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Work. 2009;33(2):211-27. doi: 10.3233/WOR-2009-0868.

Staff perceptions of work quality of a neonatal intensive care unit before and after transition from an open bay to a private room design.

Author information

1
School of Kine-siology, University of Minnesota, Minneapolis, MN 55455, USA. smith293@umn.edu

Abstract

This study collected staff responses to an occupancy quality survey before, and 6 and 22 months after, St. Paul Children's Hospitals and Clinics (CHC) replaced an open bay (OB) with a private room (PR) neonatal intensive care unit (NICU) design. Staff interview responses and task activity observations also were collected. The goal was to assess how this change would influence staff perceptions and performance. As a result of the transition from the OB to the PR environment: (1) rankings of overall physical environment, patient care, job, technology, and off-the-job quality significantly improved; but (2) rankings of patient care team interaction quality significantly declined. Results for the 22-month PR survey indicate essentially no meaningful changes in rankings of occupancy quality from the 6-month survey, suggesting no consolidation of quality gains in the intervening 16-month period. Written comments pertaining to private room NICU design issues by survey respondents, targeting problems with unit operations, may explain this finding. Collectively, the findings suggest that NICU operational management was not effectively modified to deal with the new design, and that an OB to PR NICU transition requires a systems approach to macroergonomic challenges imposed by the new design.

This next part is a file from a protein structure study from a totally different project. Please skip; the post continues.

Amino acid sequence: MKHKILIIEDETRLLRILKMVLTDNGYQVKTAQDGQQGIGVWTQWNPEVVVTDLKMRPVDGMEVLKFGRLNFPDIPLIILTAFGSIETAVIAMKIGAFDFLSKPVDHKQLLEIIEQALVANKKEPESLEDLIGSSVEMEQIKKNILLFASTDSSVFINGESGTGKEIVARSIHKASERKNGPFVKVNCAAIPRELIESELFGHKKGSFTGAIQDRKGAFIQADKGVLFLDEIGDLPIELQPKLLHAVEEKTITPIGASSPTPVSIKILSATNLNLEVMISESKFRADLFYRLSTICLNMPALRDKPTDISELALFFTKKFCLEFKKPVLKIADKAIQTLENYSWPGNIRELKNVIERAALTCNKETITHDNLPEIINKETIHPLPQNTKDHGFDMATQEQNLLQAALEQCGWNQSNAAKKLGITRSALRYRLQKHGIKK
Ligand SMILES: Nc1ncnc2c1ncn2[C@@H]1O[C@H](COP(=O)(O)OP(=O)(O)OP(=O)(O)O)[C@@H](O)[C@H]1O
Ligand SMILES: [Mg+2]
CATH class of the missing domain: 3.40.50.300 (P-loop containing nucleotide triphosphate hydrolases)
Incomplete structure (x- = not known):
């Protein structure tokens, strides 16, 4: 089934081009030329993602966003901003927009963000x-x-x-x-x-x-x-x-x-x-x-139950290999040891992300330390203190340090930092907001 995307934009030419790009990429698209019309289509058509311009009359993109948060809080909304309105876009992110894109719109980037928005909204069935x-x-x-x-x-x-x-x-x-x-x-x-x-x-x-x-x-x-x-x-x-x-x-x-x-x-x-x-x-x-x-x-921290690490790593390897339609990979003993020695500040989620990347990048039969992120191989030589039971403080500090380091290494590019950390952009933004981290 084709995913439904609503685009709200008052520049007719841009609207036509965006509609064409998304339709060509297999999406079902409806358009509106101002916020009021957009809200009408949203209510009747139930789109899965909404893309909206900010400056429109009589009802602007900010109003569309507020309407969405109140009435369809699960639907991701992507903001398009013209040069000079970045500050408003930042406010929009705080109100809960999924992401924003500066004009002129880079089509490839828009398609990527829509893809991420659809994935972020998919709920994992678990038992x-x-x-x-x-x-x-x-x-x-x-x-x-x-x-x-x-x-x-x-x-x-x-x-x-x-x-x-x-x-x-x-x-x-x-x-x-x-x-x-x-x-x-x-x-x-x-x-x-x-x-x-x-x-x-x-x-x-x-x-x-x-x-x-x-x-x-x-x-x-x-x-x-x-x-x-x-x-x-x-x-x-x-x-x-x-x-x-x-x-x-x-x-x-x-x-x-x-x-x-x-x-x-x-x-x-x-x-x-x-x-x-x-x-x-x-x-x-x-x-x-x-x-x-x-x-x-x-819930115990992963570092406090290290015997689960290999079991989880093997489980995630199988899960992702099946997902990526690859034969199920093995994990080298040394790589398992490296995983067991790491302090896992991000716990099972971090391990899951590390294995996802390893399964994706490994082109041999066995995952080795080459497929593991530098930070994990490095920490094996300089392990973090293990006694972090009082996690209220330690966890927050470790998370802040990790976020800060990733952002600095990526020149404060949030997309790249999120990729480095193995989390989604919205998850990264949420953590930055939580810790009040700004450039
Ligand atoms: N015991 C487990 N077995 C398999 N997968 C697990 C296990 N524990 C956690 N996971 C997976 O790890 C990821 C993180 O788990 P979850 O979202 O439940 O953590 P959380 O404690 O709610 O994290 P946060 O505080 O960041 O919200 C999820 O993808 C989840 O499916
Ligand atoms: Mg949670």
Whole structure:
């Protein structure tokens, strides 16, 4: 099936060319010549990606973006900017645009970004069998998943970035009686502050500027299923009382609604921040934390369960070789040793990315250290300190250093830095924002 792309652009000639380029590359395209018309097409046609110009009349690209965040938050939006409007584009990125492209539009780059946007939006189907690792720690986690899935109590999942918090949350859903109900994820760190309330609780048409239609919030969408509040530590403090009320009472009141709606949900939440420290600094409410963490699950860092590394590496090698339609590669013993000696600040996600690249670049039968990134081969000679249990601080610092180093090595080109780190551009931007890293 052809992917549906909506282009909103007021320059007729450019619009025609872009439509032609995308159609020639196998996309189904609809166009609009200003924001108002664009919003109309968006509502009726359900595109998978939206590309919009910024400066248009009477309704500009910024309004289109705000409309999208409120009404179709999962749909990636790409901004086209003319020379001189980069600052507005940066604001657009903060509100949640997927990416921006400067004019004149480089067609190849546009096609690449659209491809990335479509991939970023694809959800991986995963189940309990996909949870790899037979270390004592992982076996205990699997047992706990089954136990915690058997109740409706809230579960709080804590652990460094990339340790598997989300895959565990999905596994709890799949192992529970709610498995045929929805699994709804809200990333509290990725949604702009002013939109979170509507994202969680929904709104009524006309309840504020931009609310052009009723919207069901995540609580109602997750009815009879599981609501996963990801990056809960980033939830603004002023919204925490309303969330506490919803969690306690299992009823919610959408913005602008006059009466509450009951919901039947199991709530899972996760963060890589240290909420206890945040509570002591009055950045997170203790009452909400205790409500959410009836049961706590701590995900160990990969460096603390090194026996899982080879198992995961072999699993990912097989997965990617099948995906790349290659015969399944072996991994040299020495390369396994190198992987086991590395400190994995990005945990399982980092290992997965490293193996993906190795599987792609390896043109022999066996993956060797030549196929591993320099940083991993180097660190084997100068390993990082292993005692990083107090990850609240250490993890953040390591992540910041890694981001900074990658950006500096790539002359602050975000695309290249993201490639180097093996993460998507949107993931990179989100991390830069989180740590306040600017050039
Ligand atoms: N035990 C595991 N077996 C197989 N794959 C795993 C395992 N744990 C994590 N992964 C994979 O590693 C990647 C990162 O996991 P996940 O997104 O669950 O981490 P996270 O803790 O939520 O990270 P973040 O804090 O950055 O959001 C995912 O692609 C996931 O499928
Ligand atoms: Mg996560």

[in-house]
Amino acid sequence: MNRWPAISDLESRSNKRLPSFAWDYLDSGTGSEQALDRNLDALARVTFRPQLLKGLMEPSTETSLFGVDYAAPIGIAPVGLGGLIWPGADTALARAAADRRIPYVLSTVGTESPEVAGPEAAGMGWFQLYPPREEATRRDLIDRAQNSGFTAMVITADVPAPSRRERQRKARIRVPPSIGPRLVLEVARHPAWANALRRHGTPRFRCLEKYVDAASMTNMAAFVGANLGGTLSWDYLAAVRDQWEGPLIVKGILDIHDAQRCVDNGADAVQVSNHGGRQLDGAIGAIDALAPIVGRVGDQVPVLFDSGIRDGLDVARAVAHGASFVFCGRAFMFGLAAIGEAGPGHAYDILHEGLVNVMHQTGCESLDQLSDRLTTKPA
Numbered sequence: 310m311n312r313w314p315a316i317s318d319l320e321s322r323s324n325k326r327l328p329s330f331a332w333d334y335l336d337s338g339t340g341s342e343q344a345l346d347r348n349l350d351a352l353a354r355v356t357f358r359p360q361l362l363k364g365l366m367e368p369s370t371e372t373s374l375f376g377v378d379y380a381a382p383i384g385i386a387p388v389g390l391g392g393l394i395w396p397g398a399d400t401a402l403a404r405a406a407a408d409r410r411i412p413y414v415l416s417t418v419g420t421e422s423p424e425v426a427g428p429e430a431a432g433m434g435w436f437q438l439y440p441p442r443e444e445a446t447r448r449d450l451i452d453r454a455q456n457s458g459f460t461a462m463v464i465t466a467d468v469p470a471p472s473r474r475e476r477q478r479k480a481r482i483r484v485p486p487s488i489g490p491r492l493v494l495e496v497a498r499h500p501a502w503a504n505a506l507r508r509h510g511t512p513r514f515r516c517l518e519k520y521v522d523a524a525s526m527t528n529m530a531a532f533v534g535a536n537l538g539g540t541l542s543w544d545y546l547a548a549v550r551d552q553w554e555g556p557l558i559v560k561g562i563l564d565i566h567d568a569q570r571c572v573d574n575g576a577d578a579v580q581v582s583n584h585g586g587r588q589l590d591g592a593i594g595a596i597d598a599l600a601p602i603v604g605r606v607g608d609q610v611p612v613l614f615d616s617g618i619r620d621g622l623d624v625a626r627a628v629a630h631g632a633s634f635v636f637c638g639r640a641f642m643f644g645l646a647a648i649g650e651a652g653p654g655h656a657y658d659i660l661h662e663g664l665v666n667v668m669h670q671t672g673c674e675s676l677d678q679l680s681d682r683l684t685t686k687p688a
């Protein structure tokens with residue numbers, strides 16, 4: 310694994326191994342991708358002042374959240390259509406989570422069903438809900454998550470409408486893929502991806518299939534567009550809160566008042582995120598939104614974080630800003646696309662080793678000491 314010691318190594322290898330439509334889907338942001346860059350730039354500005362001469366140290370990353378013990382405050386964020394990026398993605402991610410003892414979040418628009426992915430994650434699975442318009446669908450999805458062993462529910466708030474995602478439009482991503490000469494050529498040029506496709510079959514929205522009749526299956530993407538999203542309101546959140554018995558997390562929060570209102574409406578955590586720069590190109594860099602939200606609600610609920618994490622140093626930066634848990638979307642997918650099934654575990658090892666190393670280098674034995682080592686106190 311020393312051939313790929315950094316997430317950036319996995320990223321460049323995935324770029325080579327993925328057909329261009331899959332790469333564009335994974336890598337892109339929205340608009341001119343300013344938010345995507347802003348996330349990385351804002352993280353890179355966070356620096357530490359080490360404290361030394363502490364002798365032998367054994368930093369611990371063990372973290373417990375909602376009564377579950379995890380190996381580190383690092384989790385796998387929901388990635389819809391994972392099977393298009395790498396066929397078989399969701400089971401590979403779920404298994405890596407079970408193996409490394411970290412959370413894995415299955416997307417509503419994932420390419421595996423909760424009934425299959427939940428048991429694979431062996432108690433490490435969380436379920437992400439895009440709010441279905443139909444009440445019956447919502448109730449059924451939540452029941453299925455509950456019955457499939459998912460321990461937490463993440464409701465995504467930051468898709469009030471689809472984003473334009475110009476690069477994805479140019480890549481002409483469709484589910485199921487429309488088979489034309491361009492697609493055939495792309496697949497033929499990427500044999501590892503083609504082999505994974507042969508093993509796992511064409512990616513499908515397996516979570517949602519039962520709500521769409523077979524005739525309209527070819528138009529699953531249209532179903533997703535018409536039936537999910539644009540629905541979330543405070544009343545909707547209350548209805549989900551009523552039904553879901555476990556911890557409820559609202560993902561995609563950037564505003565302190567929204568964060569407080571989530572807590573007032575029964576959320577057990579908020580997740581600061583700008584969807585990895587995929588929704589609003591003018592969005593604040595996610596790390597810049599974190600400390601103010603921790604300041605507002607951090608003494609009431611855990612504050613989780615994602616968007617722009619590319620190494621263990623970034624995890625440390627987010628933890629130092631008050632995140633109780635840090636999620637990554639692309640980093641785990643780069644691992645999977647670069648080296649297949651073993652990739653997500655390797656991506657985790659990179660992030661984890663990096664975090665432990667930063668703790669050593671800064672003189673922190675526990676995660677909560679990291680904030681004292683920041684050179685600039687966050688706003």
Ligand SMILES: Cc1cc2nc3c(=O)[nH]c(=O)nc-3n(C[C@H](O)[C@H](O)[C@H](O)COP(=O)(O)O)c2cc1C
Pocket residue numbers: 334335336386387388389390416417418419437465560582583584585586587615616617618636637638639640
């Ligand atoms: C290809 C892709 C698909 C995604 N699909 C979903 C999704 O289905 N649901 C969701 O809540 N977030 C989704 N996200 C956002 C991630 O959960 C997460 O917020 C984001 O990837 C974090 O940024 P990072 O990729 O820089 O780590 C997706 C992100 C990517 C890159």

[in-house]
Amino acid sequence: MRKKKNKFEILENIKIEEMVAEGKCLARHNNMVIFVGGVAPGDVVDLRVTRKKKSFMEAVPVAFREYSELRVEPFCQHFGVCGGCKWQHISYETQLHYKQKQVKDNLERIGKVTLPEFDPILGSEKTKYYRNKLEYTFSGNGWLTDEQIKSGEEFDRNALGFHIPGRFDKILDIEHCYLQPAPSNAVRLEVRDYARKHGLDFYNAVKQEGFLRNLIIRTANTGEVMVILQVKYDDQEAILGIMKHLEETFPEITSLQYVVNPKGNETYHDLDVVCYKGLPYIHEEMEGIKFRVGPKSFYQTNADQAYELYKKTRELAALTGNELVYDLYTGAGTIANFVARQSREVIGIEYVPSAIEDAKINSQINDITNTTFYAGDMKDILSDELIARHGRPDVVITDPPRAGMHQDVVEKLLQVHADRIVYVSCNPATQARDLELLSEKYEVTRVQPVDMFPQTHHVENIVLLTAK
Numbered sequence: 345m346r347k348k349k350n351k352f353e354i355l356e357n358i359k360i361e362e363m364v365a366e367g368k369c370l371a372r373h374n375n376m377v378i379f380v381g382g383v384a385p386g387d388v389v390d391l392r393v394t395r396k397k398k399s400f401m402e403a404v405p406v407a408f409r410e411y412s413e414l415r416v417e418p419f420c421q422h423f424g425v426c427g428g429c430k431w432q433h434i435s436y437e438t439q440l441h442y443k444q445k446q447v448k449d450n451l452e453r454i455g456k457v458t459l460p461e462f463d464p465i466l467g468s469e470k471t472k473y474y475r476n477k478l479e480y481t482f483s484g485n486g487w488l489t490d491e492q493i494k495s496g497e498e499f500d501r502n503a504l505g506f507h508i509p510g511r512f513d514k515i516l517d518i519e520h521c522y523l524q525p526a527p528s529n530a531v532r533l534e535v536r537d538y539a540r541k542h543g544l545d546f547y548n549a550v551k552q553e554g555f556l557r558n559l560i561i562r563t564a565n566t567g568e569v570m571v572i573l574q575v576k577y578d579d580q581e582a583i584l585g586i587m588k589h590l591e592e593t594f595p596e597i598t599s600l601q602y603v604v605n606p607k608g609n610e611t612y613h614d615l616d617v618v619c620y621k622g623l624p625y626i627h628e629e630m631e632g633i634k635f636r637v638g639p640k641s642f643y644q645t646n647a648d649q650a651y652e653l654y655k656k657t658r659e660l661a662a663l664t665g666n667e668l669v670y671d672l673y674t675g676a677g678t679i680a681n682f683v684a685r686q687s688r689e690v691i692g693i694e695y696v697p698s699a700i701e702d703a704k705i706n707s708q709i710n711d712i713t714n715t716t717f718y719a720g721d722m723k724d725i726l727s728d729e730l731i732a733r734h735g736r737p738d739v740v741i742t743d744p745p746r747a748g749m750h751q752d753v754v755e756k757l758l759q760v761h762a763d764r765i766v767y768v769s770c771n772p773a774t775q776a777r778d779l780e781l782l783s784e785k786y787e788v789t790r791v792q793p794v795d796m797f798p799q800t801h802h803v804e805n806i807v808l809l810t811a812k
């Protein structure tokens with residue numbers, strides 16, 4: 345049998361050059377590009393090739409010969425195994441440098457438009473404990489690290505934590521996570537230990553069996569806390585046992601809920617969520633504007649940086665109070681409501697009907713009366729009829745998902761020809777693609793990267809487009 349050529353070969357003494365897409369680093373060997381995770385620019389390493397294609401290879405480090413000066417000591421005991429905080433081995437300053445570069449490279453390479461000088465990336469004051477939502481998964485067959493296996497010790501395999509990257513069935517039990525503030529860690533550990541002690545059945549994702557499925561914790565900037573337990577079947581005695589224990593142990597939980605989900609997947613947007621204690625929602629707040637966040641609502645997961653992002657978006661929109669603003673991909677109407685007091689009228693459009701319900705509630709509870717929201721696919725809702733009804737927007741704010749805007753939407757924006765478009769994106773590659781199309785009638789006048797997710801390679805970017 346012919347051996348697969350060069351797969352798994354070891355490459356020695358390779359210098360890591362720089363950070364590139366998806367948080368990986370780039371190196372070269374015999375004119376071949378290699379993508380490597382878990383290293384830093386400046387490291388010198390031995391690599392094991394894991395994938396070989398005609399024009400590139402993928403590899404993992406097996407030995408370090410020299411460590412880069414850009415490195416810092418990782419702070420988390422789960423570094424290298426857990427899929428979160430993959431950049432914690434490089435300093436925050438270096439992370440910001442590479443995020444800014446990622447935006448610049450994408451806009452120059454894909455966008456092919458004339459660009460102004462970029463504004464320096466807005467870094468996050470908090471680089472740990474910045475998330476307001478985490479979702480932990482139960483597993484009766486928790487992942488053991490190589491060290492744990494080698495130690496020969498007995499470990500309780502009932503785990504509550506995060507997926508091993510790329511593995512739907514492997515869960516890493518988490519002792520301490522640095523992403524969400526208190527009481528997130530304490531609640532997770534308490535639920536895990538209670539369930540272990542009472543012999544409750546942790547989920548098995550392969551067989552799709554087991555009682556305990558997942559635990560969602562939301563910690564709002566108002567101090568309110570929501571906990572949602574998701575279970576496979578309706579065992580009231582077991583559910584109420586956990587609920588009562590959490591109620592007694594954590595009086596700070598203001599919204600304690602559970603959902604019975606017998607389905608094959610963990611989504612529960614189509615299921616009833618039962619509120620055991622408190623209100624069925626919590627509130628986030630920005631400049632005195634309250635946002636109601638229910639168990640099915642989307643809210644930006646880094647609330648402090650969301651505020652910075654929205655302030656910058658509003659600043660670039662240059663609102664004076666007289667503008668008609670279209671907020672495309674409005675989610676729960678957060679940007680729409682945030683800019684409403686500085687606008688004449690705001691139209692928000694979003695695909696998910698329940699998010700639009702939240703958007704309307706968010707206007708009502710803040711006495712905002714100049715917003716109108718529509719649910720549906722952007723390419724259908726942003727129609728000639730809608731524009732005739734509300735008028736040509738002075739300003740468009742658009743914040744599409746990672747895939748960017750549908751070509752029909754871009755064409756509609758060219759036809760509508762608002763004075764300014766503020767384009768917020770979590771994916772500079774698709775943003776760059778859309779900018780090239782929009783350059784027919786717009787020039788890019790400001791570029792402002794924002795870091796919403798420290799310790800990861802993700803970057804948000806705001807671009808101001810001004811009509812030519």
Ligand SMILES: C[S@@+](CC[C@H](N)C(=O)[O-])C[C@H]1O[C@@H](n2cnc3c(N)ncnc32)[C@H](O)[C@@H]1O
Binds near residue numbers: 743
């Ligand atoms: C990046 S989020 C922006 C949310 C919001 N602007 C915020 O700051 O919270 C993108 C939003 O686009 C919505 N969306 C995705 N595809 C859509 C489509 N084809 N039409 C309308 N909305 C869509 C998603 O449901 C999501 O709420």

PMID:
19713631
DOI:
10.3233/WOR-2009-0868
[Indexed for MEDLINE]

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